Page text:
Hah! Just noticed this on Amazon:

The Law of Nines by Terry Goodkind

Turning twenty-seven may be terrifying for some, but for Alex, a struggling artist living in the midwestern United States, it is cataclysmic. Inheriting a huge expanse of land should have made him a rich and happy man; but something about this birthday, his name, and the beautiful woman whose life he just saved, has suddenly made him—and everyone he loves—into a target. A target for extreme and uncompromising violence . . . In Alex, Terry Goodkind brings to life a modern hero in a whole new kind of high-octane thriller.

Looks like Goodkind is bringing his lust for ‘extreme and uncompromising violence‘ to another genre. At least he can legitimately say he’s not writing Fantasy anymore. My guess is that he’ll try to tell us that The Law of Nines isn’t a thriller, but rather an allegory for learning how to love oneself, and that it should be filed in the ‘Self Help’ section at bookstores across the country.

Let’s be honest, though. I’ll probably give it a go, just out of sick curiousity.

  • Joe Sherry June 21, 2009 at 4:23 pm

    Sigh. I wondered when this was coming out.

    I *may* do the same, though it’ll be a while.

  • sean June 21, 2009 at 4:45 pm

    hmmmm…..bad title, bad cover:


  • Mike June 22, 2009 at 11:32 am

    Just in case you didn’t know the main character’s name is Alex Rahl who lives in Orden, Nebraska.

    Review: http://www.publishersweekly.com/article/CA6665994.html?nid=3336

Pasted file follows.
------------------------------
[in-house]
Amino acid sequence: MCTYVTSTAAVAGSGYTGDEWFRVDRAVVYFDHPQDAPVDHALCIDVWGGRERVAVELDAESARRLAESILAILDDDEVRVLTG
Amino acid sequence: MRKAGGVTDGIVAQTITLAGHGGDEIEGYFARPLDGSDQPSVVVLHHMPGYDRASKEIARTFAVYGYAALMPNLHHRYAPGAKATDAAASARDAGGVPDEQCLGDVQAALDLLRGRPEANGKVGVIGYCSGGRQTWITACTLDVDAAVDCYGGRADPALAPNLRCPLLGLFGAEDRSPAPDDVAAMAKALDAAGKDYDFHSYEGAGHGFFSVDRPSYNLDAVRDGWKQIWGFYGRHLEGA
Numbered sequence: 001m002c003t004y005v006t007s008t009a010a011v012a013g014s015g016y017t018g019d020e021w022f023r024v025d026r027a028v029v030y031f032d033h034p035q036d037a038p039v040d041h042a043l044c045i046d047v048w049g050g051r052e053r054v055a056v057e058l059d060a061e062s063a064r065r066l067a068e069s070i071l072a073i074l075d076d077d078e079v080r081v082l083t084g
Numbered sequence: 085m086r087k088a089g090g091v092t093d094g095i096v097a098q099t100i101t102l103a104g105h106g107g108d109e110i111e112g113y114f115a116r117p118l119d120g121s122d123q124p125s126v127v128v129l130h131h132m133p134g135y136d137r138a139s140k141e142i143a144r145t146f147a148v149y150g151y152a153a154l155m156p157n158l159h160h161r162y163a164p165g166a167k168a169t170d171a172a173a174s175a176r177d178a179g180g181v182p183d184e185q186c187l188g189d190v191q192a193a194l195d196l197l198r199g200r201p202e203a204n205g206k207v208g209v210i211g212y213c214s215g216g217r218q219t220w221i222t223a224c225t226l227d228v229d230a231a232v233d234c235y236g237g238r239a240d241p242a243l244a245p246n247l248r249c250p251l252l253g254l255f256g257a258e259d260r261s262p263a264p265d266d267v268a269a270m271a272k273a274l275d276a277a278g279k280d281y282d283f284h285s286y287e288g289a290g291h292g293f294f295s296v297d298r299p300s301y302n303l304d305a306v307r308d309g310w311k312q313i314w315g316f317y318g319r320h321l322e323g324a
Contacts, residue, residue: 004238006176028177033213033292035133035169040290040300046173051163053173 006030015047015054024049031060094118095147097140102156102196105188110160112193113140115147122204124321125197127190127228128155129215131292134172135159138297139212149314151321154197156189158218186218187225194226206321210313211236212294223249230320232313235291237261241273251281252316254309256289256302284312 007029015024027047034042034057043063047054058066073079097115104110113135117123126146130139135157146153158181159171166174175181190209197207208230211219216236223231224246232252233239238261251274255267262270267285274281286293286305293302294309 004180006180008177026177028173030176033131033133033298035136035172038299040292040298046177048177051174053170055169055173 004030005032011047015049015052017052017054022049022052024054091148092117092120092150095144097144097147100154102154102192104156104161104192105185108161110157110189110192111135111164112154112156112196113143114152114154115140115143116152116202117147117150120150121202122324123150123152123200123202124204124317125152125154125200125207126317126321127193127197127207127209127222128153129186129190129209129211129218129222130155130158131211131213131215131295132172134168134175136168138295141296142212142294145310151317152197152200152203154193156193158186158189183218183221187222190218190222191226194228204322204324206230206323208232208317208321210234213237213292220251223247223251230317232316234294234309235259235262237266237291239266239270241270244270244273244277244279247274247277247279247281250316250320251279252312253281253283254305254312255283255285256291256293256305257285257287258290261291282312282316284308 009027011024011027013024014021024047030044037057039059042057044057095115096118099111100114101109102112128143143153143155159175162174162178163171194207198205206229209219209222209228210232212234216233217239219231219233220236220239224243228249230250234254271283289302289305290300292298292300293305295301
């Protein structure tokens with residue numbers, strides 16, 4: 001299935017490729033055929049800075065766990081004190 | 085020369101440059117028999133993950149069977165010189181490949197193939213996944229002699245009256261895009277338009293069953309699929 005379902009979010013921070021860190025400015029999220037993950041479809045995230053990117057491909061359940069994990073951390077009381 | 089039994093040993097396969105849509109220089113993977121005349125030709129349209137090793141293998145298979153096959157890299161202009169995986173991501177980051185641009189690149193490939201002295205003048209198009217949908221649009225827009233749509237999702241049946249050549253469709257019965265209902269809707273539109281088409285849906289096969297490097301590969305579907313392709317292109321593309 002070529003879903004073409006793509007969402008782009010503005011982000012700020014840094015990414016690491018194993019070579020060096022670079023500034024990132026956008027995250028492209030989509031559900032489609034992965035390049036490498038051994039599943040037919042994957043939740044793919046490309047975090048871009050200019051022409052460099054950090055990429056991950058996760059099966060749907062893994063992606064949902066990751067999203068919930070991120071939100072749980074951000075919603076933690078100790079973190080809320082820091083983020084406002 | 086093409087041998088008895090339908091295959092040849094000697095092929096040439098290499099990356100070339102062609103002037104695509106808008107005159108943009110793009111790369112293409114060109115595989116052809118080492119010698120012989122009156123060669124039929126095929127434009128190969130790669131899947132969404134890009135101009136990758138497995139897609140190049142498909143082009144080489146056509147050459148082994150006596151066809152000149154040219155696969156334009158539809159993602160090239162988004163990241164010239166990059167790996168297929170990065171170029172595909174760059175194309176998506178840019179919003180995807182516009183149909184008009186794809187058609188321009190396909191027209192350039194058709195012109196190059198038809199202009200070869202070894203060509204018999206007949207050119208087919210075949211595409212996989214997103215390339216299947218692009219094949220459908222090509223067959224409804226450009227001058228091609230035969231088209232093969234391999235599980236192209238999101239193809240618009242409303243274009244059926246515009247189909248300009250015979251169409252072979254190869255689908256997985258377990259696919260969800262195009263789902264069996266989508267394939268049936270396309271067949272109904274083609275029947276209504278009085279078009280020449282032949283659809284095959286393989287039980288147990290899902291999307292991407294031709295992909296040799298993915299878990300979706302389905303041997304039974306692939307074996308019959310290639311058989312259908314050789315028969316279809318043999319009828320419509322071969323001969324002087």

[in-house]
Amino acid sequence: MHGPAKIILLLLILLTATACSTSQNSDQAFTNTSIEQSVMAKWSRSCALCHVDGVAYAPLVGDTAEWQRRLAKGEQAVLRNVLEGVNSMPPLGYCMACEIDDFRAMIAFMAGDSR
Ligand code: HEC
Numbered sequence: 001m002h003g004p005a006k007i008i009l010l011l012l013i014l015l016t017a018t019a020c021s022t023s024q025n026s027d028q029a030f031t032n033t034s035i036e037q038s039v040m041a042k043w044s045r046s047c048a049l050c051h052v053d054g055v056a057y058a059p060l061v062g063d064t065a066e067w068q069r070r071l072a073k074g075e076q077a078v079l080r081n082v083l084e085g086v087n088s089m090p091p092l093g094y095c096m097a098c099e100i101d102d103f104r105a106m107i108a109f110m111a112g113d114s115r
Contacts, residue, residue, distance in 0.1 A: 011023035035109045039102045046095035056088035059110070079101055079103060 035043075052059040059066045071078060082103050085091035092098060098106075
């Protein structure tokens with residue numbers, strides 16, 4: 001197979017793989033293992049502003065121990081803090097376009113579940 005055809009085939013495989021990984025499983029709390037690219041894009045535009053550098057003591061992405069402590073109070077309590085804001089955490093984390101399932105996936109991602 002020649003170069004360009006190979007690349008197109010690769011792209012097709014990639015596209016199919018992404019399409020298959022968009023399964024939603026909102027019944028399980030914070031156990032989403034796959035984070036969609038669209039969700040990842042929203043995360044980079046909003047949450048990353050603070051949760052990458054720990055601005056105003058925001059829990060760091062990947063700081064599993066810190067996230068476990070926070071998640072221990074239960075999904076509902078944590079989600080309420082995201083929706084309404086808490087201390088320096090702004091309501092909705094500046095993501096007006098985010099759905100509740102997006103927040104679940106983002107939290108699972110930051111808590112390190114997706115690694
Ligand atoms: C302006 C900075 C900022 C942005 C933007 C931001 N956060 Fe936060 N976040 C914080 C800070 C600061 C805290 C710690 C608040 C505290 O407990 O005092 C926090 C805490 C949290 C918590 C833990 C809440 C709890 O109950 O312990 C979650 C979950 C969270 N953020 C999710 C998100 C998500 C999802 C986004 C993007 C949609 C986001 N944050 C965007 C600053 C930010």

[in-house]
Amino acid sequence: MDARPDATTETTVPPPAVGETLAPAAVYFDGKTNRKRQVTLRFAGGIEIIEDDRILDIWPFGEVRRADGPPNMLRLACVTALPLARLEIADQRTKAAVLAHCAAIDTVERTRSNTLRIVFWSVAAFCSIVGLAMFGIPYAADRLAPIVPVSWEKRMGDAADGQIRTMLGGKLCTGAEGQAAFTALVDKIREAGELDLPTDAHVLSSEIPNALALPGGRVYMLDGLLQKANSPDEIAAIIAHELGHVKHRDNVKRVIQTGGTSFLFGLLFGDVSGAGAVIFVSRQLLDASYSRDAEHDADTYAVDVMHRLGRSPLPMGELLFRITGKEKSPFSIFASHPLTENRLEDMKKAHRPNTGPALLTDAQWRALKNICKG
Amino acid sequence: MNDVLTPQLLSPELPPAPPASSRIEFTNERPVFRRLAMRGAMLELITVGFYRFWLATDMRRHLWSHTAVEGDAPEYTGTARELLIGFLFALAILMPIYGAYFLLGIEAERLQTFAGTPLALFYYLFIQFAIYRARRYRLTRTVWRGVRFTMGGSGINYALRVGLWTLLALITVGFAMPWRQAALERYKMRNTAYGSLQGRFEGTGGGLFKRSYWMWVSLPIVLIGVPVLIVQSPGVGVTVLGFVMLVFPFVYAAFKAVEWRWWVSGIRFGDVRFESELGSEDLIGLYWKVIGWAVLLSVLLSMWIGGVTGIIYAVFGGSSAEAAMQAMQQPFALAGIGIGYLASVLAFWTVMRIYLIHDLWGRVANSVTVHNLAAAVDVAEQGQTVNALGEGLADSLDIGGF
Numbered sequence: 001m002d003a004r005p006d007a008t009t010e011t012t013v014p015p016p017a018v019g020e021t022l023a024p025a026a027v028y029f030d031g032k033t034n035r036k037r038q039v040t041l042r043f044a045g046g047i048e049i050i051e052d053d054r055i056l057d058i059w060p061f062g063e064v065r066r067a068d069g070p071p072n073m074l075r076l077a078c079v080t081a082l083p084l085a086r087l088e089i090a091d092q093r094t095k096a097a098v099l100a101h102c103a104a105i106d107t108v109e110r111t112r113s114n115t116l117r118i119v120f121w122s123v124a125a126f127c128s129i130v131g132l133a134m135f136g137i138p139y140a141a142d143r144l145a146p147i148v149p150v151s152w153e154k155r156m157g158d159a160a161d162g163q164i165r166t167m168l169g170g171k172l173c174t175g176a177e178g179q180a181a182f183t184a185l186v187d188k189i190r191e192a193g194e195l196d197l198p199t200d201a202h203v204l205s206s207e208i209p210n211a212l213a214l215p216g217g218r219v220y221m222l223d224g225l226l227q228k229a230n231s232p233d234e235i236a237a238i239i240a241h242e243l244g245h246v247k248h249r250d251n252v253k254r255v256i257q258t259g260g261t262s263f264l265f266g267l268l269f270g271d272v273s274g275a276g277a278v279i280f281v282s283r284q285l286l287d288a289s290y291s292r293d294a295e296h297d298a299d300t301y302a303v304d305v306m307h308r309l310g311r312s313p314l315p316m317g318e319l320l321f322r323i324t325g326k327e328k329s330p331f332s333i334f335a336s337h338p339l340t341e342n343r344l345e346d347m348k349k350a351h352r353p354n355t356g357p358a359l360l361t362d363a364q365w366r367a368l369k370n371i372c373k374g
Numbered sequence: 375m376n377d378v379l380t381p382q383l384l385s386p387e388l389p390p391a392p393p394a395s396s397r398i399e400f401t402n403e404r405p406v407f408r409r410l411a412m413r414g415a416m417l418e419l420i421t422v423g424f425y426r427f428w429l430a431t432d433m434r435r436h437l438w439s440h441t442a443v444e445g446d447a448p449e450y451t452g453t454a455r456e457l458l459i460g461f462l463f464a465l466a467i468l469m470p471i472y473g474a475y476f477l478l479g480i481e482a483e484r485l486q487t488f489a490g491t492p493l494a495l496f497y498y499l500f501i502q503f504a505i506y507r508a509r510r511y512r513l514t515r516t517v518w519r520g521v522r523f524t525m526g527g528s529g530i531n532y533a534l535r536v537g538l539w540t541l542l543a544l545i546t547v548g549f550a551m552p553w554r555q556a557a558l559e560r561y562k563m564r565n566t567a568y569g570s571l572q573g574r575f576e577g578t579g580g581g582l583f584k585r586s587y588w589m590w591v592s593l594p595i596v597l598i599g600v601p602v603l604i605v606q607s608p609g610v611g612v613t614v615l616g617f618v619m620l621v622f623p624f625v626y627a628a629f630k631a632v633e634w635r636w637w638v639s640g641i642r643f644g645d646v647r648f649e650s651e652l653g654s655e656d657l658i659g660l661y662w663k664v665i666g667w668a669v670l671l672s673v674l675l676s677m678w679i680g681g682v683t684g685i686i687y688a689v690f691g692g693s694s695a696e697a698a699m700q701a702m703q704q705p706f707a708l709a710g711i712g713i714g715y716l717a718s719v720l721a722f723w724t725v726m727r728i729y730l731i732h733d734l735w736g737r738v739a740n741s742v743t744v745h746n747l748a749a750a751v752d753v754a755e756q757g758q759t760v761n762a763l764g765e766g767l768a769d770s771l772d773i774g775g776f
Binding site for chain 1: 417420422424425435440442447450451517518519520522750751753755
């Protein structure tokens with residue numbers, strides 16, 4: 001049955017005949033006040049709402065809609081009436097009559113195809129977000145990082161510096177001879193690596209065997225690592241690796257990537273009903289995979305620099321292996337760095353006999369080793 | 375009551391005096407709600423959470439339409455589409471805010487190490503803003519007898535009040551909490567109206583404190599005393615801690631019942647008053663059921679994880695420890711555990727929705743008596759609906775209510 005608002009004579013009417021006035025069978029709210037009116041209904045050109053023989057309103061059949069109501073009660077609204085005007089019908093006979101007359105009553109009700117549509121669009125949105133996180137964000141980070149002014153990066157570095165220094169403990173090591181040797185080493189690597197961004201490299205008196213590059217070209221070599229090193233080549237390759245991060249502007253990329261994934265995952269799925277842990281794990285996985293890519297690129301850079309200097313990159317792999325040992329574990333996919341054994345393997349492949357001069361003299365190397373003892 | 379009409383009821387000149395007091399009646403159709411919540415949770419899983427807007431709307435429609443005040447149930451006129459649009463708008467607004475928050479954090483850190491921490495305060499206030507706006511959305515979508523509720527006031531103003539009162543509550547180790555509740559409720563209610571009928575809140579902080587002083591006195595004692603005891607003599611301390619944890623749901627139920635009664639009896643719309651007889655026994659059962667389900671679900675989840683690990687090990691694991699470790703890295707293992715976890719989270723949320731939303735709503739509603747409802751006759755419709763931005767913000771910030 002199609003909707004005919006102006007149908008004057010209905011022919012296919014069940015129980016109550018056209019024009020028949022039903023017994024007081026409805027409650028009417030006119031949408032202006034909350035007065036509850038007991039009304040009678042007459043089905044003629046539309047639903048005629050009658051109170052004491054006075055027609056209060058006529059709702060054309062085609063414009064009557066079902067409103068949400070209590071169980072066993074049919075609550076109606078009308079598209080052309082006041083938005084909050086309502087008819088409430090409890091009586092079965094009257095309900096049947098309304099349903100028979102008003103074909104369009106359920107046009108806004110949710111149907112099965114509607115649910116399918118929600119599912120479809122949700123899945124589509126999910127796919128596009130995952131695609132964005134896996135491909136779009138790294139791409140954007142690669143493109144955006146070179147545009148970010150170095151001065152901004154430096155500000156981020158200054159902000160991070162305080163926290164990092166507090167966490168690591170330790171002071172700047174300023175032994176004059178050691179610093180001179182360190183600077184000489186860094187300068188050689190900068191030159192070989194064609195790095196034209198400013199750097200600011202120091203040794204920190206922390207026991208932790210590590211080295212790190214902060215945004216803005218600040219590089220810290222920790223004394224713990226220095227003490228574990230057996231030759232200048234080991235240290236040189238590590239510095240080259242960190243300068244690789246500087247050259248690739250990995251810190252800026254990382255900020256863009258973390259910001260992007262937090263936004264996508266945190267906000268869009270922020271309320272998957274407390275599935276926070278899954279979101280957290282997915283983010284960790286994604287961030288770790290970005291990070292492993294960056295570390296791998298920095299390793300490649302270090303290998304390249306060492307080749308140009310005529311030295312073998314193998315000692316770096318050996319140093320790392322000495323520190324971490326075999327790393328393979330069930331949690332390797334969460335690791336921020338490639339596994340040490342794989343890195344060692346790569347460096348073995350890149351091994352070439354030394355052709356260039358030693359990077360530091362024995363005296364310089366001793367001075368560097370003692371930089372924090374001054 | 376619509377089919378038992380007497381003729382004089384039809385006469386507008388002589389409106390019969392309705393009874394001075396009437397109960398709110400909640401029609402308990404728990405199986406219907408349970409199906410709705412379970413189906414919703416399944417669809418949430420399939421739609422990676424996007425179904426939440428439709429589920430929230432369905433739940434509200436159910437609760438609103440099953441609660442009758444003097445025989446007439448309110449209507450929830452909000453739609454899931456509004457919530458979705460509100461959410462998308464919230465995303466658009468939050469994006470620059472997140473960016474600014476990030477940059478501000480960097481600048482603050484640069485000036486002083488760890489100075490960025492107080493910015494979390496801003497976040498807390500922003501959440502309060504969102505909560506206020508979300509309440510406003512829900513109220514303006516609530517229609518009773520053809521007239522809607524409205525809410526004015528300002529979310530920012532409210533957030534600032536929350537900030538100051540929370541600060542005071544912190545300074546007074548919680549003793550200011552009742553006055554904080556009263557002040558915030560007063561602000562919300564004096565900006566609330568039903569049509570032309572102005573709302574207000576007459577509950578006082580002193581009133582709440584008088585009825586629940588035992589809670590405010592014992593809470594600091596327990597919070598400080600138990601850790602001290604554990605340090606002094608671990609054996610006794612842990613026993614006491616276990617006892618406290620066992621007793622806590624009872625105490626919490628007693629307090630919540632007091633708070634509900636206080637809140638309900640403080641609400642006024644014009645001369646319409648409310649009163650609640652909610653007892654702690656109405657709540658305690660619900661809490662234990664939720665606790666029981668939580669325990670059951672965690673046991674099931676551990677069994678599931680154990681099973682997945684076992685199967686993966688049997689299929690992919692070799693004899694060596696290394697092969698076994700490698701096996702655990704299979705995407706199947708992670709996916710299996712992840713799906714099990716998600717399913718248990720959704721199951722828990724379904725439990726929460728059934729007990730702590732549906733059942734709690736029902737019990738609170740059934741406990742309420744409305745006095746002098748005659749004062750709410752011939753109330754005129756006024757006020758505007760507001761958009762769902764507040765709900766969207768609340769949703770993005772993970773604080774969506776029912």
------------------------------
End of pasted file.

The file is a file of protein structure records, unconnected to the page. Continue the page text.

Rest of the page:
• aidan June 22, 2009 at 11:36 am

    Hah! I just read that review about five minutes ago. Knowing Goodkind, and how the Sword of Truth series ended, I’m sure we’ll see some far-fetched melding of the two series.

    Does anyone know if this is the start of a new trilogy or a standalone novel?

  • Joe Sherry June 23, 2009 at 8:14 am

    Because my snark is running heavy this morning, I’m sure this is the start of a three novel sequence of inter-related and dependent books, but that fact should in no way imply that this is a trilogy.

    Nor should the inclusion of magic suggest that there are elements which lesser minds might term “fantastic”

  • Incubus Jax June 23, 2009 at 12:13 pm

    {Sight}… I’ll probably pick it up at some point, if for no other reason then I’m a book whore.

    Meh, God I loved Wizards First Rule, I even defended Soul of the Fire, but all good things must end I guess. After that I found myself, when given the option between reading his books and watching my wiener dogs take a dump, pining for the dachshunds, you know?

    Goodkind, to me, is like Pink Floyd in reverse, if you ignore everything after “The Wall”.

    But, I am a whore, so like I said, I’ll probably still try to read it.

    I wonder if they’ll have real email or just books you can write in where the writing shows up in the other book?

  • Incubus Jax June 23, 2009 at 12:15 pm

    EPIC FAIL – I typed “Sight” and not “sigh”. What a dork.


  • Kat @ Fantasy Literature June 27, 2009 at 6:57 pm

    You people making fun of Terry Goodkind hate that his novels exist. Values arise hatred in you. Your goal is not to enjoy life, but to destroy that which is good — much like a school child who does not wish to study for a test and instead beats up a classmate who does well. You hate what is good because it is good. Your lives are limited to loathing and indifference. It isn’t that you want to read a good book, what you want is to make sure that others do not. We shall ignore you.

    P.S. This is Terry Goodkind’s own words about people (like me) who stopped reading his crappy novels.

  • Cheryl July 16, 2009 at 2:48 pm

    Holy crap, an unsuspecting man saves a gorgeous woman and becomes heir to a vast amount of land…. and people are are trying to kill him? who would have guessed.

  • Rhi Callahand November 11, 2009 at 7:57 pm

    The book was absolutely fantastic–couldn’t put it down. Has the same charm as the Sword of Truth books, no doubt.

  • […] the early novels in the series readable and, *gasp*, enjoyable. At least he’s not trying to hide it as a literary thirller this time around. […]